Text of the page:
Climate Change: Cement Production

The production of cement contributes to the emission of carbon dioxide (CO2) and if the cement industry were a country, it would be the third largest emitter in the world.  This is consistent with the findings of an extensive analysis conducted by ZENODO that after fossil fuels and land-use change, cement is the third largest source of anthropogenic emissions of CO2.


Just to set the record straight, while people feel free to use the terms cement and concrete interchangeably, the reality is that cement is a binder, a substance used for construction that sets, hardens, and adheres to other materials to bind them together. Cement is:

  1. An ingredient of concrete;
  2. Cement comprises from 10 to 15 percent of the concrete mix, by volume;
  3. Concrete is basically a mixture of aggregates and paste;
  4. The aggregates are sand and gravel or crushed stone;
  5. The paste is water and Portland cement; and
  6. Concrete gets stronger as it gets older.

Portland cement is not a brand name, but the generic term for the type of cement used in virtually all concrete, just as stainless is a type of steel and sterling a type of silver.

Cement is the basic component of construction and it is also the most broadly used construction material. 


Cement production has undergone tremendous development since its beginnings some 2,000 years ago.  The industrial production of cements started in the middle of the 19th century, first with shaft kilns, which were later replaced by rotary kilns as standard equipment worldwide.  The current annual global cement production has reached 2.8 billion tonnes, and is expected to increase to some 4 billion tonnes per year in 2050. 

The cement production process, for example, starts with mining of limestone, which is then crushed and ground to powder. It is then preheated to save energy before being transferred to the kiln, the heart of the process. The kiln is then heated to a high temperature of up to 1480 degrees to convert the material to a molten form called clinker. The clinker is then cooled and ground to a fine powder with other additives and transferred to storage silos for bagging or bulk transportation.

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Source: engineering

The production of cement is either through the wet or dry process with the dry process as the preferred option because of the lower energy intensity:

  1. Wet Process:  It refers to grinding raw material into slurry after mixing with water and then feeding them into the wet process kiln for drying and calcination and finally forming clinker. The slurry’s water content is usually between 32 to36 percent; and
  2. Dry Process: It means that after raw materials with different particle sizes are dried, broken and ground into powders of certain fineness, they will be sent into the dry process kiln for calcining, finally forming clinker. Besides, the raw material powder can also be made into raw material balls by adding a proper amount of water and then be directly sent to the Lepol kiln for calcining. This method is called a semi-dry process.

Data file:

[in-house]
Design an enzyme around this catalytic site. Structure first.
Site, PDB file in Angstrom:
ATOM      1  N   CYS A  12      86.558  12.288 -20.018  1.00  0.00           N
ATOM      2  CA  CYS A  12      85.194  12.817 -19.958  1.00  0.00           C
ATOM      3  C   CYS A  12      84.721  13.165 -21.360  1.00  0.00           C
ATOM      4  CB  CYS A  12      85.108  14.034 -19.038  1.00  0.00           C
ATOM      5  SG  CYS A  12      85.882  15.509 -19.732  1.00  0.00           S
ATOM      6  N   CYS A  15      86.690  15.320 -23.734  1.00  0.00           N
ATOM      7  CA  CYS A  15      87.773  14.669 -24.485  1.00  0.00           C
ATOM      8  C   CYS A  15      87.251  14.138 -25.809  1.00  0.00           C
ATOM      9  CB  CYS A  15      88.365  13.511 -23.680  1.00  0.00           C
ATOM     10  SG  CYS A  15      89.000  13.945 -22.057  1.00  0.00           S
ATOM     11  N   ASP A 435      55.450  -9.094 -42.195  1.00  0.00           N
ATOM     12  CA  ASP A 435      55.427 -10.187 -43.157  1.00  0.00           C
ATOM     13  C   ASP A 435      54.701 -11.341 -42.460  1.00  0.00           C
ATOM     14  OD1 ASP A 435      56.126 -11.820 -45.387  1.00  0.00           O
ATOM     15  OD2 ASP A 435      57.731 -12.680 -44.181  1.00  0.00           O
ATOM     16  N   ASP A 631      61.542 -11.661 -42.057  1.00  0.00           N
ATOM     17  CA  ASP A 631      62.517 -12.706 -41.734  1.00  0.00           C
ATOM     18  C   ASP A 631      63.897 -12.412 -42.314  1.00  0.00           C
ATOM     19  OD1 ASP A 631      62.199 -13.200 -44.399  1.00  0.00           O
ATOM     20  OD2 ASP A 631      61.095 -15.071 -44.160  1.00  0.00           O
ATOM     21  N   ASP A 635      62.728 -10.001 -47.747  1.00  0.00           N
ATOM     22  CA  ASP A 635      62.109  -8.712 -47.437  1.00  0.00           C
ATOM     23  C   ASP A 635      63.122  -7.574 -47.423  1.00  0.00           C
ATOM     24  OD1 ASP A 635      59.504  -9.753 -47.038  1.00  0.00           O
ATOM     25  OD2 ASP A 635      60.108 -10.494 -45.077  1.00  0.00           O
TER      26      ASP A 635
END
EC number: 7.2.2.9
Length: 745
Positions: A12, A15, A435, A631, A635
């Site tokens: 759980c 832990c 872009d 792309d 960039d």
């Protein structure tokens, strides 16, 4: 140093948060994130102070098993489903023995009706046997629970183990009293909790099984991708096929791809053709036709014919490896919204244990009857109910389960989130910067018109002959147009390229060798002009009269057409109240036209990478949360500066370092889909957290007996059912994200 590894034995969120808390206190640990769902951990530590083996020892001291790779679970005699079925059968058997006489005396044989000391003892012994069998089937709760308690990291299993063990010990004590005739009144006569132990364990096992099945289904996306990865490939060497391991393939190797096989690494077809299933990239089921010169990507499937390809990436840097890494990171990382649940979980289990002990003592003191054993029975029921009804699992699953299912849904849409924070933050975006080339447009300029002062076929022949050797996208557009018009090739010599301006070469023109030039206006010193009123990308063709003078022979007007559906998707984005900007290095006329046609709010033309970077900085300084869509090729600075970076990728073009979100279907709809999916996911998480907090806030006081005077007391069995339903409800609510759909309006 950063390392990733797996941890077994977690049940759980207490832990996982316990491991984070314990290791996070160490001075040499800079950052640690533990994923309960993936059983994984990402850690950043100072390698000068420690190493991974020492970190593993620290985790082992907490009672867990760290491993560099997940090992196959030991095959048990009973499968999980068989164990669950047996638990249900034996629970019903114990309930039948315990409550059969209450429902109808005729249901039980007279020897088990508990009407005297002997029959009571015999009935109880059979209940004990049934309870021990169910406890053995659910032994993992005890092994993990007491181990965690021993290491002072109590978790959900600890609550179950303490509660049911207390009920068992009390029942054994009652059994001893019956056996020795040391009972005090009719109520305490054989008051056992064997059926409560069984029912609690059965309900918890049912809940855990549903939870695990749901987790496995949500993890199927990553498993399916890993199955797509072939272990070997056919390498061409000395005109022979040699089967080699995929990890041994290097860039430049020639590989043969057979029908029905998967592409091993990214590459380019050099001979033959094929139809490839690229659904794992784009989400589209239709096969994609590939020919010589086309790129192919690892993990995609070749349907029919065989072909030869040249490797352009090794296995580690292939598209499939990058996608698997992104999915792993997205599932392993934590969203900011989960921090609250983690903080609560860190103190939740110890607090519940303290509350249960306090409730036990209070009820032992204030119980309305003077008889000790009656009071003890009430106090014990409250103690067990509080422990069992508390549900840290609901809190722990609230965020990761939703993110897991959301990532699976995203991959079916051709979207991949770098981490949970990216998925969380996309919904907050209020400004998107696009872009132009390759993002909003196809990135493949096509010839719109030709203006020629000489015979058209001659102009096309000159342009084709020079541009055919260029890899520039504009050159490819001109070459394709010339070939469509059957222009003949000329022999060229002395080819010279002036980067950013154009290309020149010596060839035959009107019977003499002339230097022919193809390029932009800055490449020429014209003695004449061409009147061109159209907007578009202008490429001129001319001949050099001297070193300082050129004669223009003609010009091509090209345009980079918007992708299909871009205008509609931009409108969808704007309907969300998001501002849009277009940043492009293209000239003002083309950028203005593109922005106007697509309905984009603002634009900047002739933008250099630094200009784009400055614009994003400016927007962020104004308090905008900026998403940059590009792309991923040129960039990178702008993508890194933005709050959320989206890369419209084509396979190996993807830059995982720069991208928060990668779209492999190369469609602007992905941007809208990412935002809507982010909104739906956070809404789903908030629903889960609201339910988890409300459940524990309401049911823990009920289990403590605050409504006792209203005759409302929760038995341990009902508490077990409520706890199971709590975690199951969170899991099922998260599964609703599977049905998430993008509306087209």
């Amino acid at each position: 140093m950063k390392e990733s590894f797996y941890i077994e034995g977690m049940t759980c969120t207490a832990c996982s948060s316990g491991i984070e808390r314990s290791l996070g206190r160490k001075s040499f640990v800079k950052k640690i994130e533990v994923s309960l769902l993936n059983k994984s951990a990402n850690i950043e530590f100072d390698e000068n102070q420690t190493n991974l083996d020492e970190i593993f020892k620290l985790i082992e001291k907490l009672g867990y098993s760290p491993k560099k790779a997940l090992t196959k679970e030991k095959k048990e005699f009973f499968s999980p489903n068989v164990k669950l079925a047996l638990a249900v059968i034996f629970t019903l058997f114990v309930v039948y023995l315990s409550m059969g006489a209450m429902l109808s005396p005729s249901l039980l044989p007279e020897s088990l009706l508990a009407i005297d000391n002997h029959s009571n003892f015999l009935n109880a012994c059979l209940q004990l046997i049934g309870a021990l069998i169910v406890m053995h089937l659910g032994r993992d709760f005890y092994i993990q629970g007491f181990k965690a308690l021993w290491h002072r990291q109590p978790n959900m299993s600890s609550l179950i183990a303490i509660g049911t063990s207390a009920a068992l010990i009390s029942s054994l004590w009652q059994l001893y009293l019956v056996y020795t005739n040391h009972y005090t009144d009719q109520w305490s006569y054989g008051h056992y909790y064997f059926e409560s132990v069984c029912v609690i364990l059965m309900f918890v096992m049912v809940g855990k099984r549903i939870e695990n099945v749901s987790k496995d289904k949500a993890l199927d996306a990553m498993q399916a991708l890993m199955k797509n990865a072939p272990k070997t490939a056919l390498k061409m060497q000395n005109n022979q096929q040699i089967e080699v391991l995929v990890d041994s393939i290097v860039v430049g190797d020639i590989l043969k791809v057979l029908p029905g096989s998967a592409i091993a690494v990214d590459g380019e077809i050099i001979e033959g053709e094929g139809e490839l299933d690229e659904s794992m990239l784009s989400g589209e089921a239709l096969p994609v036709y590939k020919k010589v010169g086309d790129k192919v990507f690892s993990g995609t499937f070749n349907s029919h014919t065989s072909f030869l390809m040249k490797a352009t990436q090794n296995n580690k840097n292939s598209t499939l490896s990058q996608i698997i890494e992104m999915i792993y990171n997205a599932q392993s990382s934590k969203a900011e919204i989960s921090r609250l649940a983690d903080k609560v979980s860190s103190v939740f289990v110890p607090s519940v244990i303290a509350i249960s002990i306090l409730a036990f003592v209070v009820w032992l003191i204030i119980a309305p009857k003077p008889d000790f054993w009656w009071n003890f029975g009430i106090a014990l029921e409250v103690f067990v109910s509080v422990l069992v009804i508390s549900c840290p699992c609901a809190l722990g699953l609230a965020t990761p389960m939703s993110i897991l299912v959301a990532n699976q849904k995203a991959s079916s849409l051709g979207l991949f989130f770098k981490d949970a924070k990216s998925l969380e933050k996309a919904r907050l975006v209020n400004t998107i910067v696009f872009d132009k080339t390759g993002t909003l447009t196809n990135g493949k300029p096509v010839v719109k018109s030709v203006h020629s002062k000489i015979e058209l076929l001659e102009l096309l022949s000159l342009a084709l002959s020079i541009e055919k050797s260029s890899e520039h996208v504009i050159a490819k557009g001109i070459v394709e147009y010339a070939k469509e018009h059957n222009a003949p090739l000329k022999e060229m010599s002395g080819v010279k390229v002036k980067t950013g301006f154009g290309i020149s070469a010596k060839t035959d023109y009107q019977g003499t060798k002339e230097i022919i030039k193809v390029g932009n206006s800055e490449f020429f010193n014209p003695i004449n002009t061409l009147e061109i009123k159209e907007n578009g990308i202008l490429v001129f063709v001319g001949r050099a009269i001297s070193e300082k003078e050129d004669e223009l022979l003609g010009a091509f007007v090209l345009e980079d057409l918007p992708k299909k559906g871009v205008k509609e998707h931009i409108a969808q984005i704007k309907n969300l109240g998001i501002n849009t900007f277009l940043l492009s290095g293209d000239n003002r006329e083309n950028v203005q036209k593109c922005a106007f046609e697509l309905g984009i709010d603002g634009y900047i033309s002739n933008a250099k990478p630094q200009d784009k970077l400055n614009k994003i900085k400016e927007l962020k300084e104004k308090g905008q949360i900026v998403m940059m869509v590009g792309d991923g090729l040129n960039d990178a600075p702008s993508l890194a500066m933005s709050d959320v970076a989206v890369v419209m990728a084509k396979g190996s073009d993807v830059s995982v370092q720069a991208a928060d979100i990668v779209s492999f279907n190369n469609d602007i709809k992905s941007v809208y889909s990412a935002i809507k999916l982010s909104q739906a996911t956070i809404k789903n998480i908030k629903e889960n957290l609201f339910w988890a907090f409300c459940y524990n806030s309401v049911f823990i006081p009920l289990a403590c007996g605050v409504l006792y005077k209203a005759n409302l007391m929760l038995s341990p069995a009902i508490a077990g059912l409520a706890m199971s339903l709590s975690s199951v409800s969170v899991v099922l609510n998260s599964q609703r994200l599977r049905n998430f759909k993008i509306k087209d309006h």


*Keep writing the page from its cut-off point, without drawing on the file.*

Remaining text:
It is a known fact that the construction industry drives the production of cement to meet the demand for constructing new buildings, airports, highways etc. and is thus an important determinant of cement subsector energy consumption and CO2 emissions. Just as a point of reference:

  • The buildings and construction sector accounted for 36 percent of final energy use and 39 percent of energy and process-related carbon dioxide (CO2) emissions in 2018 and 11 percent of which resulted from manufacturing building materials and products such as steel, cement and glass.

Initial estimates suggest that 4.1 Gt of cement were produced globally in 2019. Production reached a high of 4.2 Gt in 2014 and has since remained at around 4.1 Gt. China is the largest cement producer, accounting for about 55 percent of global production, followed by India at 8 percent.


According to a report, Global Construction 2030, published by Oxford Economics, the volume of construction output will grow by 85 percent to $15.5 trillion worldwide by 2030, with three countries – China, US, and India – leading the way and accounting for 57 percent of all global growth.  At the same time the benchmark global study – the fourth in a series from Global Construction Perspectives and Oxford Economics – shows average global construction growth of 3.9 per annual to 2030, outpacing that of global GDP by over one percentage point, driven by developed countries recovering from economic instability and emerging countries continuing to industrialize.

Cement production is an enormous source of CO2 globally. The main reason cement emits so much CO2 because more than half of emissions from cement are Process Emissions and the remaining emissions come from Energy Emissions.

  1. Process Emissions:  The direct emissions of cement occur through a chemical process called calcination. Calcination occurs when limestone, which is made of calcium carbonate, is heated, breaking down into calcium oxide and CO2. This process accounts for more than 50 percent of all emissions from cement production. The CO2 generated from this process is estimated to be 1.5 Gt per year. 
  2. Energy Emissions: Indirect emissions are produced by burning fossil fuels to heat the kiln. Kilns are usually heated by the energies and the combustion of these fuels produces additional CO2 emissions, just as they would in producing electricity. This represents around 40 percent of cement emissions.  Additionally, the electricity used to power additional plant machinery, and the final transportation of cement, represents another source of indirect emissions. The CO2 generated from this process is estimated to be 0.8 Gt per year.

This process consumes a total of 357 Mtoe Per Year and the configuration of the energies involved in the process is illustrated in the following graph: